A Beginner’s Guide to Propane and Radio Remote Controls

What is propane? How do radio remote controls keep us safe?

Propane is a naturally occurring gas that develops in the earth, specifically through the decomposition of organic matter over long periods of time. It’s found in a liquid called petroleum, where it’s extracted along with along with butane, ethane and numerous other compounds. It is a non-toxic member of the LPG (liquefied petroleum gas) family, which are known for their ability to convert to liquid with a little bit of atmospheric pressure. Propane is used for seemingly endless applications including engine fuel, appliances and home heating. Chances are you use propane much more often than you think you do!

How do we get it? A brief overview.

Propane can be extracted from the petroleum liquid mixture in 2 ways – through natural gas processing where it’s mined from fossils and ancient organic matter in the earth, and through petroleum refining.

The refining process begins with drilling. The liquid is piped out of the ground and goes into a separation chamber where the crude oil separates from the other “wet” gases; the crude oil sinks to the bottom, making the other liquefied gases easier to access. The “wet” gases (natural gas and LPGs) are then sent to a gasoline absorption plant where the natural gas and LPGs are removed, leaving about 90% dry methane gas for the gas utility companies’ use. We won’t worry about that bit for this article.

The natural gas and LPG mixture is sent to a still where the hydrocarbons are boiled off, separating the natural liquid gas (sinks to the bottom) from the LPGs (only about 10% on the top). The LPG mixture is then separated one last time into 3 parts – butane, isobutane, and propane.

STORAGE & Delivery

In North America, propane is pumped down and stored in liquid form in massive salt caverns (Fort Saskatchewan, Alberta; Mont Belvieu, Texas and Conway, Kansas). These caverns are the perfect storehouse for propane/liquid gases as no air or liquid can escape through the surrounding rock salt. From these storage facilities, it is withdrawn and shipped in liquid form by pipelines, truck, ship, barge and railway to the areas where it’s needed.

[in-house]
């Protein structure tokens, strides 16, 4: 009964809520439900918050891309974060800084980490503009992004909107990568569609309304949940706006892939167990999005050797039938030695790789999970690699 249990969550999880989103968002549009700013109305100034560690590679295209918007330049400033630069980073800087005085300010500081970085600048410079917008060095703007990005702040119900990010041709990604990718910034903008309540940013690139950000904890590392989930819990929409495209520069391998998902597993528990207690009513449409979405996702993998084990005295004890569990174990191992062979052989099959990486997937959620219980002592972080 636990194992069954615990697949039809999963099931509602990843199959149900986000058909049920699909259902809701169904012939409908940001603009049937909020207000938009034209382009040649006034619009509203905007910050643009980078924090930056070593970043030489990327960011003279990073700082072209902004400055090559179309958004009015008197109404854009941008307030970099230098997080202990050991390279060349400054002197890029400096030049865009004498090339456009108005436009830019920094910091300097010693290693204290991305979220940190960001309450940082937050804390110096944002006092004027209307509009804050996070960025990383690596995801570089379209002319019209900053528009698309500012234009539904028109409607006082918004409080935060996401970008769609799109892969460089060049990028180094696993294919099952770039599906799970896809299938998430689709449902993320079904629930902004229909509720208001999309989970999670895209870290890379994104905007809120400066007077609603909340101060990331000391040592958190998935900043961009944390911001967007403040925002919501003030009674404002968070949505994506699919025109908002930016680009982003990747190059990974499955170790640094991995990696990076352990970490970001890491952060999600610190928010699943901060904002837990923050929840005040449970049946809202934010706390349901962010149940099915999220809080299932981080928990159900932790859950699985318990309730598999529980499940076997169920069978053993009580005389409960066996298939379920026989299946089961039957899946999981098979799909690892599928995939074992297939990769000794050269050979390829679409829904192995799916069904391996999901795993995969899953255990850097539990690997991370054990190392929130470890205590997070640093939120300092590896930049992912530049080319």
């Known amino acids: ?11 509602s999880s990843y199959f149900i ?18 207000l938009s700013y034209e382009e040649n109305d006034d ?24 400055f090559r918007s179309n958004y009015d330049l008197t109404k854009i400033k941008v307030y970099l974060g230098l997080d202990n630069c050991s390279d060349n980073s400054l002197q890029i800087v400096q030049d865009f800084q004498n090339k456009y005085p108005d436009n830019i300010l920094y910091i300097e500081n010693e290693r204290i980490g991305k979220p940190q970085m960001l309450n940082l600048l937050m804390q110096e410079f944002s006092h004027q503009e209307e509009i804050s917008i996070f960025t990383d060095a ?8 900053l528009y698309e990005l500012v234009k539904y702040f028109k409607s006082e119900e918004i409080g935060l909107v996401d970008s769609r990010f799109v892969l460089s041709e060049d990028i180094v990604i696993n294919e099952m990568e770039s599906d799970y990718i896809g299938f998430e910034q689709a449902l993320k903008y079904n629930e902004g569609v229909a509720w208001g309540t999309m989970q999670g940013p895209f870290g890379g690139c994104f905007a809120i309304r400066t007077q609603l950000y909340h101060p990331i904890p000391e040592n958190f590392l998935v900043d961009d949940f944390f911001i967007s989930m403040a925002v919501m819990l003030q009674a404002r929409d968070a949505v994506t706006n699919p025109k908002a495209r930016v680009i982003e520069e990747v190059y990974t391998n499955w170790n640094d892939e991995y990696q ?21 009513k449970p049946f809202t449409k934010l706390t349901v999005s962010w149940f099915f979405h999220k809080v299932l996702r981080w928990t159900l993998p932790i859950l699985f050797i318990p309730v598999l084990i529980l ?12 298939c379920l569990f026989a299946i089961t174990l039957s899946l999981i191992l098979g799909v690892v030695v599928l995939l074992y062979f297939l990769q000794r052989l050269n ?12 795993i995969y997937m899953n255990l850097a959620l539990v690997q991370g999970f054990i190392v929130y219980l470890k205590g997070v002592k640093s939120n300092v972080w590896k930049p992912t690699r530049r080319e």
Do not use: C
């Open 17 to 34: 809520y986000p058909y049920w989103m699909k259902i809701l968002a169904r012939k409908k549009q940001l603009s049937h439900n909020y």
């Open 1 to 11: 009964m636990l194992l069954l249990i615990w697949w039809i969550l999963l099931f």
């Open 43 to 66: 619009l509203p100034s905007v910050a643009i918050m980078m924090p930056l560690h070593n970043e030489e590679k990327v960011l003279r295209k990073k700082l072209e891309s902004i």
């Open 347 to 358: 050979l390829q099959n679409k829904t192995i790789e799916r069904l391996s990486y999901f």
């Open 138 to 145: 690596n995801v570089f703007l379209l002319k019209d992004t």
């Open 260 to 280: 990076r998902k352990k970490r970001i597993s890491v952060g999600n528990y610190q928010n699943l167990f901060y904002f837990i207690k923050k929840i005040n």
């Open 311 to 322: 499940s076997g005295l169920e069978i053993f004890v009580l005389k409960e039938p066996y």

Propane, while extremely useful for everyday life, can also be quite dangerous. It is extremely flammable, and if it escapes the holding tank (thereby turning from liquid to gas) the potential disaster zone increases exponentially. In response to this fact and unfortunate past explosions, the DOT passed a law requiring every LPG delivery truck and driver have access to a wireless remote control Emergency Shutdown device. In the event of an emergency, the driver could run away from the truck while using the handheld to shut everything down and prevent a sizeable explosion.

BASE Engineering not only designs and manufactures these radio remote controls, but we’re also one of the only companies producing ATEX rated wireless controls – to the non-industry folk, that means they’re wireless controls for explosive environments. More details about that here.(link)

But why stop there? If we could shut the truck down, what else could we do? The process started with customers requesting things like Wireless Hose Reel controlWireless PTO control, and a Query/timed safety feature and has evolved into over 50 options. We’re able to control, and even automate with the use of an on board computer, most aspects of the fuel delivery process. 

Our remote controls for fuel trucks increase fuel delivery efficiency, and most importantly safety. By keeping the delivery trucks and drivers safe, we keep your families safe too.

SO, it’s dangerous?

Surprisingly enough, propane is very safe and environmentally friendly once you omit the fire hazard. It’s clean burning and is even categorized as an approved clean fuel by the US Government.

Assuming it’s handled properly and at the correct temperatures, propane is not considered a greenhouse gas, is not damaging to underwater plants or marine life should a spill occur, and the vapor isn’t harmful if accidentally inhaled by animals or people. Environmentally, it’s actually one of the best and safest fuels around.

I Barely Use It

Propane isn’t going anywhere, and I guarantee it’s more prevalent in your life than you realize. This great video from the Canadian Propane Association outlines some of the uses and benefits I’ve talked about (albeit in a much more interesting way!).

Watch Here

LEARN more from Industry Associations

BASE Engineering is a proud member of various propane industry organizations, some of which are listed below. These are great resources if you’d like to learn more about propane or the industry itself.

National Propane Gas Association

Western Petroleum Marketers Association

National Tank Truck Carriers

Laura Lunn